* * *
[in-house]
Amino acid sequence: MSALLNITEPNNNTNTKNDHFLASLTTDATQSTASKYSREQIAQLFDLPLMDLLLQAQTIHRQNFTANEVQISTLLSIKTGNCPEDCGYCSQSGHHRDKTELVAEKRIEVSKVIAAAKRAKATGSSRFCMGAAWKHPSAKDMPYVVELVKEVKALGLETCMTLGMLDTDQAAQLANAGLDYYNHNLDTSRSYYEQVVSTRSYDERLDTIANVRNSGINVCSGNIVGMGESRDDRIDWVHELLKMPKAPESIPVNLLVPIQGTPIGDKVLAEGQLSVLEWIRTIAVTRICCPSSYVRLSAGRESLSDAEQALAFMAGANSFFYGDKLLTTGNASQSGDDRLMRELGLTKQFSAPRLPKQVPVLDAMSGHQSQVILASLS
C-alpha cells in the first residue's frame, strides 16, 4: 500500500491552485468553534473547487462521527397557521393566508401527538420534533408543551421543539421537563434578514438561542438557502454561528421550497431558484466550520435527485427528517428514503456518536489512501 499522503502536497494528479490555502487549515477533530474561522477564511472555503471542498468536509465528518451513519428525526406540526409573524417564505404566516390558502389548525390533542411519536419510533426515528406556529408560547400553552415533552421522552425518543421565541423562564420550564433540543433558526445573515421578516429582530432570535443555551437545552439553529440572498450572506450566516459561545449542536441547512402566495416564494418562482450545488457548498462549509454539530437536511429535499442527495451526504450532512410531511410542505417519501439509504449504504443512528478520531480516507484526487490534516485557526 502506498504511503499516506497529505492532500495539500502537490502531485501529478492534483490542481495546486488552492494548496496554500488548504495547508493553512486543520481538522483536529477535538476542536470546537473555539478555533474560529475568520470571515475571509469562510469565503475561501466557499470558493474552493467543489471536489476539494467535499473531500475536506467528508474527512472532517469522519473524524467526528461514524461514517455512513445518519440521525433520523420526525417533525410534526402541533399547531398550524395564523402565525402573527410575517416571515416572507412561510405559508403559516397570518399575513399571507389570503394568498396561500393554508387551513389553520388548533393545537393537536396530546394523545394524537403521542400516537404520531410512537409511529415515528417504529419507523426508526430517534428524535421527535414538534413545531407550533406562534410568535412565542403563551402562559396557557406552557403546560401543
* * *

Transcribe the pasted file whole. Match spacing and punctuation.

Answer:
[in-house]
Amino acid sequence: MSALLNITEPNNNTNTKNDHFLASLTTDATQSTASKYSREQIAQLFDLPLMDLLLQAQTIHRQNFTANEVQISTLLSIKTGNCPEDCGYCSQSGHHRDKTELVAEKRIEVSKVIAAAKRAKATGSSRFCMGAAWKHPSAKDMPYVVELVKEVKALGLETCMTLGMLDTDQAAQLANAGLDYYNHNLDTSRSYYEQVVSTRSYDERLDTIANVRNSGINVCSGNIVGMGESRDDRIDWVHELLKMPKAPESIPVNLLVPIQGTPIGDKVLAEGQLSVLEWIRTIAVTRICCPSSYVRLSAGRESLSDAEQALAFMAGANSFFYGDKLLTTGNASQSGDDRLMRELGLTKQFSAPRLPKQVPVLDAMSGHQSQVILASLS
C-alpha cells in the first residue's frame, strides 16, 4: 500500500491552485468553534473547487462521527397557521393566508401527538420534533408543551421543539421537563434578514438561542438557502454561528421550497431558484466550520435527485427528517428514503456518536489512501 499522503502536497494528479490555502487549515477533530474561522477564511472555503471542498468536509465528518451513519428525526406540526409573524417564505404566516390558502389548525390533542411519536419510533426515528406556529408560547400553552415533552421522552425518543421565541423562564420550564433540543433558526445573515421578516429582530432570535443555551437545552439553529440572498450572506450566516459561545449542536441547512402566495416564494418562482450545488457548498462549509454539530437536511429535499442527495451526504450532512410531511410542505417519501439509504449504504443512528478520531480516507484526487490534516485557526 502506498504511503499516506497529505492532500495539500502537490502531485501529478492534483490542481495546486488552492494548496496554500488548504495547508493553512486543520481538522483536529477535538476542536470546537473555539478555533474560529475568520470571515475571509469562510469565503475561501466557499470558493474552493467543489471536489476539494467535499473531500475536506467528508474527512472532517469522519473524524467526528461514524461514517455512513445518519440521525433520523420526525417533525410534526402541533399547531398550524395564523402565525402573527410575517416571515416572507412561510405559508403559516397570518399575513399571507389570503394568498396561500393554508387551513389553520388548533393545537393537536396530546394523545394524537403521542400516537404520531410512537409511529415515528417504529419507523426508526430517534428524535421527535414538534413545531407550533406562534410568535412565542403563551402562559396557557406552557403546560401543